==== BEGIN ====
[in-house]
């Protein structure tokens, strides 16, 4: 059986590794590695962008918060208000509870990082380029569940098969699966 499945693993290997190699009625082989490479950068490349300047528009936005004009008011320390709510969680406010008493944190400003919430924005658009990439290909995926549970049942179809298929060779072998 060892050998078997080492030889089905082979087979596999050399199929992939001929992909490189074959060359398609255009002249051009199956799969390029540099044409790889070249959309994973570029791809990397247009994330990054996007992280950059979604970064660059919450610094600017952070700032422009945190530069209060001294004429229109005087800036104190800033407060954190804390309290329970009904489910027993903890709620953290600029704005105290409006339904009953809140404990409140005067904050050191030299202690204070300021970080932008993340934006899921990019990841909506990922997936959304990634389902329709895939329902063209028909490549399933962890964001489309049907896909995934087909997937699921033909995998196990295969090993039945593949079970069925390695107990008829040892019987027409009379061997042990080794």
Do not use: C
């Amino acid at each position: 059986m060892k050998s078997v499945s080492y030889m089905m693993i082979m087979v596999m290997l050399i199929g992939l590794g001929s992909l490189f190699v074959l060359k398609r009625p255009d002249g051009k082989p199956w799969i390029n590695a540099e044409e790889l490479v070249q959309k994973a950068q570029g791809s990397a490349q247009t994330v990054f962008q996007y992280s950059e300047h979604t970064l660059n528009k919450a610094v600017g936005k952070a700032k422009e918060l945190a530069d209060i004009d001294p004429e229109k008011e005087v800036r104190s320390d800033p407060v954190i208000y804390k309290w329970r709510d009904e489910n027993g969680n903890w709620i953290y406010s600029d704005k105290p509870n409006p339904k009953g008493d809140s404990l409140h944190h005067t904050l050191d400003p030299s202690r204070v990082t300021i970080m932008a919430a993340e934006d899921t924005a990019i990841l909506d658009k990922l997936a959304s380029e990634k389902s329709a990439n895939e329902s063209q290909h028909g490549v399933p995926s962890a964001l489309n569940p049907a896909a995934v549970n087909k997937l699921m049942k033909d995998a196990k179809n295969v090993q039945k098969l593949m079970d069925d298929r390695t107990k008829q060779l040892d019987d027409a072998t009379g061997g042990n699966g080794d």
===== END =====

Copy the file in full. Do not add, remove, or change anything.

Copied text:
[in-house]
């Protein structure tokens, strides 16, 4: 059986590794590695962008918060208000509870990082380029569940098969699966 499945693993290997190699009625082989490479950068490349300047528009936005004009008011320390709510969680406010008493944190400003919430924005658009990439290909995926549970049942179809298929060779072998 060892050998078997080492030889089905082979087979596999050399199929992939001929992909490189074959060359398609255009002249051009199956799969390029540099044409790889070249959309994973570029791809990397247009994330990054996007992280950059979604970064660059919450610094600017952070700032422009945190530069209060001294004429229109005087800036104190800033407060954190804390309290329970009904489910027993903890709620953290600029704005105290409006339904009953809140404990409140005067904050050191030299202690204070300021970080932008993340934006899921990019990841909506990922997936959304990634389902329709895939329902063209028909490549399933962890964001489309049907896909995934087909997937699921033909995998196990295969090993039945593949079970069925390695107990008829040892019987027409009379061997042990080794």
Do not use: C
């Amino acid at each position: 059986m060892k050998s078997v499945s080492y030889m089905m693993i082979m087979v596999m290997l050399i199929g992939l590794g001929s992909l490189f190699v074959l060359k398609r009625p255009d002249g051009k082989p199956w799969i390029n590695a540099e044409e790889l490479v070249q959309k994973a950068q570029g791809s990397a490349q247009t994330v990054f962008q996007y992280s950059e300047h979604t970064l660059n528009k919450a610094v600017g936005k952070a700032k422009e918060l945190a530069d209060i004009d001294p004429e229109k008011e005087v800036r104190s320390d800033p407060v954190i208000y804390k309290w329970r709510d009904e489910n027993g969680n903890w709620i953290y406010s600029d704005k105290p509870n409006p339904k009953g008493d809140s404990l409140h944190h005067t904050l050191d400003p030299s202690r204070v990082t300021i970080m932008a919430a993340e934006d899921t924005a990019i990841l909506d658009k990922l997936a959304s380029e990634k389902s329709a990439n895939e329902s063209q290909h028909g490549v399933p995926s962890a964001l489309n569940p049907a896909a995934v549970n087909k997937l699921m049942k033909d995998a196990k179809n295969v090993q039945k098969l593949m079970d069925d298929r390695t107990k008829q060779l040892d019987d027409a072998t009379g061997g042990n699966g080794d």